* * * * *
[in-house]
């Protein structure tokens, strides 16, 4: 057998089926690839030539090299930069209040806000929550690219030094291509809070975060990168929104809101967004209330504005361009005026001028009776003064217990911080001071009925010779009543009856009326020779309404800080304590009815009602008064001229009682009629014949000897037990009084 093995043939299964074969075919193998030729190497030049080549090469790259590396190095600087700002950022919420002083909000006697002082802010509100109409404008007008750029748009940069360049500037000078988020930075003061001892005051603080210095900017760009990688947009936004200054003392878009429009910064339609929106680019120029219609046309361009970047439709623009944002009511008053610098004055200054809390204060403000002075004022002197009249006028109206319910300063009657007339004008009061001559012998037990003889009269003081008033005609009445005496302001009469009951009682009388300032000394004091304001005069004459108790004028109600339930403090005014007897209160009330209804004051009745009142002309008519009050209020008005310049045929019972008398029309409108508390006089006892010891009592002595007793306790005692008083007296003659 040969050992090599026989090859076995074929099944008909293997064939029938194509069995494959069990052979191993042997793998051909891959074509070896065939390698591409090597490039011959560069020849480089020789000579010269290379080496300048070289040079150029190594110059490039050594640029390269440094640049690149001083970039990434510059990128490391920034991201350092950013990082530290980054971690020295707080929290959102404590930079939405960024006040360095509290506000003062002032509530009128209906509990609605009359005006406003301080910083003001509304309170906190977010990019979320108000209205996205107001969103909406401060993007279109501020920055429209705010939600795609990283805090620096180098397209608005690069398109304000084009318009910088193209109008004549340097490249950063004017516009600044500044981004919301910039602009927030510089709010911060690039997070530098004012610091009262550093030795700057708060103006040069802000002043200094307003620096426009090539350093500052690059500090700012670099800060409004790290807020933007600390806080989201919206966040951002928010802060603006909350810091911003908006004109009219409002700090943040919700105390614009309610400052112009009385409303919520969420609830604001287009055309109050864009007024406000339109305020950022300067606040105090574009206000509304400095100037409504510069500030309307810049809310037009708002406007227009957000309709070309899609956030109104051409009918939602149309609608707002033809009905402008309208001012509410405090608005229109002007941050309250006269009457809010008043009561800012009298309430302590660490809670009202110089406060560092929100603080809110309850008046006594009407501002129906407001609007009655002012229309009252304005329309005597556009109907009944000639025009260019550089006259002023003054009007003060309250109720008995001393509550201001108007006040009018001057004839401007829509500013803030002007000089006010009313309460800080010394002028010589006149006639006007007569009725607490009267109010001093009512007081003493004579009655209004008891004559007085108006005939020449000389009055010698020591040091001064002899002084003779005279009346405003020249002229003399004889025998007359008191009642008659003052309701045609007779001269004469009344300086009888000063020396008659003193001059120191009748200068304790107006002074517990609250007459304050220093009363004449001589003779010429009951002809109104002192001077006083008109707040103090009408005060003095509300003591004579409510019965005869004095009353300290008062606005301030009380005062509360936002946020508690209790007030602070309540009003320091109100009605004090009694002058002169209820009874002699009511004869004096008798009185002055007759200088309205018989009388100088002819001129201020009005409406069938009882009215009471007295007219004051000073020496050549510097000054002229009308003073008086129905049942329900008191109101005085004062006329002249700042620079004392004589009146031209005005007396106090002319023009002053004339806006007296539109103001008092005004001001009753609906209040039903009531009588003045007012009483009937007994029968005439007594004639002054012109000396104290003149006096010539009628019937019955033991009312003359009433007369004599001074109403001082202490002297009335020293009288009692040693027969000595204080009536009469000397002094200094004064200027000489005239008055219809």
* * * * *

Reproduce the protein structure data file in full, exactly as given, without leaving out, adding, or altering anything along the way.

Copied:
[in-house]
């Protein structure tokens, strides 16, 4: 057998089926690839030539090299930069209040806000929550690219030094291509809070975060990168929104809101967004209330504005361009005026001028009776003064217990911080001071009925010779009543009856009326020779309404800080304590009815009602008064001229009682009629014949000897037990009084 093995043939299964074969075919193998030729190497030049080549090469790259590396190095600087700002950022919420002083909000006697002082802010509100109409404008007008750029748009940069360049500037000078988020930075003061001892005051603080210095900017760009990688947009936004200054003392878009429009910064339609929106680019120029219609046309361009970047439709623009944002009511008053610098004055200054809390204060403000002075004022002197009249006028109206319910300063009657007339004008009061001559012998037990003889009269003081008033005609009445005496302001009469009951009682009388300032000394004091304001005069004459108790004028109600339930403090005014007897209160009330209804004051009745009142002309008519009050209020008005310049045929019972008398029309409108508390006089006892010891009592002595007793306790005692008083007296003659 040969050992090599026989090859076995074929099944008909293997064939029938194509069995494959069990052979191993042997793998051909891959074509070896065939390698591409090597490039011959560069020849480089020789000579010269290379080496300048070289040079150029190594110059490039050594640029390269440094640049690149001083970039990434510059990128490391920034991201350092950013990082530290980054971690020295707080929290959102404590930079939405960024006040360095509290506000003062002032509530009128209906509990609605009359005006406003301080910083003001509304309170906190977010990019979320108000209205996205107001969103909406401060993007279109501020920055429209705010939600795609990283805090620096180098397209608005690069398109304000084009318009910088193209109008004549340097490249950063004017516009600044500044981004919301910039602009927030510089709010911060690039997070530098004012610091009262550093030795700057708060103006040069802000002043200094307003620096426009090539350093500052690059500090700012670099800060409004790290807020933007600390806080989201919206966040951002928010802060603006909350810091911003908006004109009219409002700090943040919700105390614009309610400052112009009385409303919520969420609830604001287009055309109050864009007024406000339109305020950022300067606040105090574009206000509304400095100037409504510069500030309307810049809310037009708002406007227009957000309709070309899609956030109104051409009918939602149309609608707002033809009905402008309208001012509410405090608005229109002007941050309250006269009457809010008043009561800012009298309430302590660490809670009202110089406060560092929100603080809110309850008046006594009407501002129906407001609007009655002012229309009252304005329309005597556009109907009944000639025009260019550089006259002023003054009007003060309250109720008995001393509550201001108007006040009018001057004839401007829509500013803030002007000089006010009313309460800080010394002028010589006149006639006007007569009725607490009267109010001093009512007081003493004579009655209004008891004559007085108006005939020449000389009055010698020591040091001064002899002084003779005279009346405003020249002229003399004889025998007359008191009642008659003052309701045609007779001269004469009344300086009888000063020396008659003193001059120191009748200068304790107006002074517990609250007459304050220093009363004449001589003779010429009951002809109104002192001077006083008109707040103090009408005060003095509300003591004579409510019965005869004095009353300290008062606005301030009380005062509360936002946020508690209790007030602070309540009003320091109100009605004090009694002058002169209820009874002699009511004869004096008798009185002055007759200088309205018989009388100088002819001129201020009005409406069938009882009215009471007295007219004051000073020496050549510097000054002229009308003073008086129905049942329900008191109101005085004062006329002249700042620079004392004589009146031209005005007396106090002319023009002053004339806006007296539109103001008092005004001001009753609906209040039903009531009588003045007012009483009937007994029968005439007594004639002054012109000396104290003149006096010539009628019937019955033991009312003359009433007369004599001074109403001082202490002297009335020293009288009692040693027969000595204080009536009469000397002094200094004064200027000489005239008055219809």